However, I still remember the day of his funeral (and I do not remember much from those weeks and months) back at our home after his burial...the house was packed with people and I was off to the side talking to Mark (our friend and physician who had walked this path with us) and saying to him that I had made a decision to get out of the house every day and not crawl under a blanket (which is what I really wanted to do). I have no idea where that decision came from as I had never missed anyone so much that I thought I would actually crawl under a blanket forever. I just knew at some level that it might be possible for me to isolate myself, curl up and die. I guess I was reassuring myself that I would not allow myself to do that. With few exceptions (a day here or there when I just needed to stay in my pjs all day or a day here or there when I was just plain paralyzed with grief and did not push myself) I have gone out just to stay in touch with people. I would go to the General Store for coffee and empty chatter with people, or to lunches that added to my waist line, events, friends' homes for meals, etc....in fact for many months, I over did it and had to go back to the drawing board and realize that I was running away from grief to some degree...even as I was also reading, journaling and doing my grief work. I knew this because I tend to lose myself if I am with people for too long a time, introvert that I am. But as I read this piece I felt this author had somehow decided to isolate herself. I kept wanting to "tell" her to get out and find just about anything to get involved with, to literally force herself to get involved, or to seek out a really good therapist to assist her in getting involved in life at some level and deal with herself....even if it felt impossible to do that...it felt like she needed to really push herself and even get help in doing that... as hard as that is. I was frustrated by the piece, I guess and it was hard to empathize with her...maybe I missed something but that is what I felt.

I think loneliness for Bill will always be present in my life and I know there will always be loneliness that comes with losing my best friend who I did so much with-(like breakfast on Sunday morning and just take it for granted that I always had someone I loved to do something and nothing with)......but I don't have isolate myself.....seems like that makes it worse. On days when the loneliness for Bill is too much, I might allow myself some time, even a day or so, to isolate but sooner or later I will reach out or someone calls or stops by. I have deliberately sought out friends who are also going through tough times: cancer, divorce, loss of a son in Iraq, etc. Do I do it perfectly....no way. Please do not hear it that way as I have "failed" hundreds of times but overall....I am doing ok with my decision. And it is a decision.I think grief can make us feel like foreigners in a society that does not get it, but I have found that there are plenty of people out there who are grieving also...and who do get it.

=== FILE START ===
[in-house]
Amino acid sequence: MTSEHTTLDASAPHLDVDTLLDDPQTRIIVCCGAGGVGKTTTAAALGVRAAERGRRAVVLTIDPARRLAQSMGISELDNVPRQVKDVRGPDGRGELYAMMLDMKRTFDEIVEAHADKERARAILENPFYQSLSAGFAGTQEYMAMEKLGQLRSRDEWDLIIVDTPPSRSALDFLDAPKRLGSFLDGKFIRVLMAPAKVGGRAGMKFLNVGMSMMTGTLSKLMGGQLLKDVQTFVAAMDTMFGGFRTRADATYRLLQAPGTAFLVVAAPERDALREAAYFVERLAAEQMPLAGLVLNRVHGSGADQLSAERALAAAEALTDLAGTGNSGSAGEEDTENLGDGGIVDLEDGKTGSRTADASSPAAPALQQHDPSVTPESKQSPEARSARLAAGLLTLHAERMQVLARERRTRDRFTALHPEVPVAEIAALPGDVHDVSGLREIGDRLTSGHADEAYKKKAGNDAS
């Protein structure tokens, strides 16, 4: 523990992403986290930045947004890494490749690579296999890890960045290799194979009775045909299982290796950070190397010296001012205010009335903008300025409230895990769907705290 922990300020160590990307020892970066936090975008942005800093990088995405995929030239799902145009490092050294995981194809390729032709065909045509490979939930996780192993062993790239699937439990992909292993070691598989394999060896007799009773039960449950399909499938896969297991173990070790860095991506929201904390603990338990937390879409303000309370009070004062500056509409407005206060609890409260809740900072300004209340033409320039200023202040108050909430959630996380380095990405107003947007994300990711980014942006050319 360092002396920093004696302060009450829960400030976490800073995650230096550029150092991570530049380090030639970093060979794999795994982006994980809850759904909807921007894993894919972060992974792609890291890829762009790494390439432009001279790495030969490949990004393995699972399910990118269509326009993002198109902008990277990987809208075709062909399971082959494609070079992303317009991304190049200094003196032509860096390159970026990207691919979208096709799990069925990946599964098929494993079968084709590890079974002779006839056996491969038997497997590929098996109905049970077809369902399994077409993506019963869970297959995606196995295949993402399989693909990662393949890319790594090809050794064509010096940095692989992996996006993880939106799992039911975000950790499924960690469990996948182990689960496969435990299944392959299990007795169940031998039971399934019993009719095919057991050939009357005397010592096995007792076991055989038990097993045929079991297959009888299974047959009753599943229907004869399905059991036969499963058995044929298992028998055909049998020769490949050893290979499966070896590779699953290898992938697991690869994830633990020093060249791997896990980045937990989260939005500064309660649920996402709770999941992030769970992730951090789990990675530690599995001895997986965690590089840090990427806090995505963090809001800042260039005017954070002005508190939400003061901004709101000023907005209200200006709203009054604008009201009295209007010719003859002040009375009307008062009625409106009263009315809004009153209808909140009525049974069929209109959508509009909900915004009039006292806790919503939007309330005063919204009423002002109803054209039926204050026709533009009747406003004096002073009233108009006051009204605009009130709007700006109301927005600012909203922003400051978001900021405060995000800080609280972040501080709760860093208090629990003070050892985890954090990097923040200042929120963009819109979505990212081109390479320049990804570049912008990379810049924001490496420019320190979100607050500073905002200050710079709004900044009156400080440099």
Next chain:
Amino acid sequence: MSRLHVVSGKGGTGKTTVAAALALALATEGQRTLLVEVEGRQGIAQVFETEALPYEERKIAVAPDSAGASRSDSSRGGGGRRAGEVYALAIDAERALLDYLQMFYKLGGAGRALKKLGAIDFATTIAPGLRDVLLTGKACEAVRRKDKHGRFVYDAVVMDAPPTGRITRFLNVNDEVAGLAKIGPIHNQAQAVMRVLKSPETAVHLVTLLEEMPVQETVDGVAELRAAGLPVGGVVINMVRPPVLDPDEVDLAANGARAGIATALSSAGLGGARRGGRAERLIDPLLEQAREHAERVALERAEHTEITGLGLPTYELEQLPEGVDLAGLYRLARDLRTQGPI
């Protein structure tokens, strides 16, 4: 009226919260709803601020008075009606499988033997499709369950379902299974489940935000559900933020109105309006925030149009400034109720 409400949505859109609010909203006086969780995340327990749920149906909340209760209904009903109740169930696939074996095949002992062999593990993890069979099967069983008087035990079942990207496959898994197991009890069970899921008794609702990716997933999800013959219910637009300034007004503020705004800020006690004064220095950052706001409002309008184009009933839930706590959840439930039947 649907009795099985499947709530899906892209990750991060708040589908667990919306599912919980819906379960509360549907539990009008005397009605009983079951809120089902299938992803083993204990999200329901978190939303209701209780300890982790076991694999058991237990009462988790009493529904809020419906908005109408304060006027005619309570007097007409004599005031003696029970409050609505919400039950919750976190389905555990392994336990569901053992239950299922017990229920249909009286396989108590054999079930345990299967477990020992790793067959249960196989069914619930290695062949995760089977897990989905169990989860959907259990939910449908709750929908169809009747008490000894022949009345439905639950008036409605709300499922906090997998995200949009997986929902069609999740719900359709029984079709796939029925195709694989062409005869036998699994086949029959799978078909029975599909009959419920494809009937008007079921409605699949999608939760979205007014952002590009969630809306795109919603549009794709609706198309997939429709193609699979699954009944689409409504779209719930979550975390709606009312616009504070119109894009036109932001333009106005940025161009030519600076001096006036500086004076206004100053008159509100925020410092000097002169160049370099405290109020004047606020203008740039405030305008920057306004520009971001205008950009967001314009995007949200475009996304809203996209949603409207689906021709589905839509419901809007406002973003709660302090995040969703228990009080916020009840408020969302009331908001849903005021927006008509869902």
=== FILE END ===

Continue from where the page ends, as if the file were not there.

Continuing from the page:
I know you are lonely. I understand the loneliness of missing our husbands, believe me. It is like missing my heart and soul. I only hope you can find a place where loneliness is minimized often, be with friends, and give and receive support from others.

Peace

Mary mfh

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I think I know the difference between loneliness and solitude.

What I meant about this author was that she described loneliness so well. I understood the feelings she was describing.

Seeking out company doesn't help if you also feel lonely when you're with other people. I'm not saying you shouldn't seek out the company of others, I'm just saying that loneliness can sometimes be such a core feeling, that just interacting with others won't wipe it out.

I don't really have the energy to explain this further. It's okay if people don't understand. I basically give up.

Melina

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I agree, Marty, The loneliness re Bill is the empty chair, the silent house, watching tv alone and I can't laugh or cry or talk with him about the program, the person who was always there to do anything and nothing with, the person across the table, the one who shared the load, the empty bed each night, the one who was in his workshop creating something, the person who held me when I cried without my asking, who read my mind, who was part of my entire being and I his, the one in whose life I was first and vice versa...etc. It is lonely without him. It is not just longing for him but it is lonely. It is lonely when I am tired of being with all others..no doubt about that. But, I agree, there is clearly a difference between loneliness and longing. I long for him to be here and I am lonely without him in a silent house.

I can usually, not always, find someone to do something with, but...I long for that person to be Bill. I long for his arms around me. I long to cuddle when watching a movie at home, for him to hear me in ways no one else can, to share the bird nest outside my window...so so so many things ....and that does feel different than loneliness....it feels, well...like...longing and I believe that will never go away.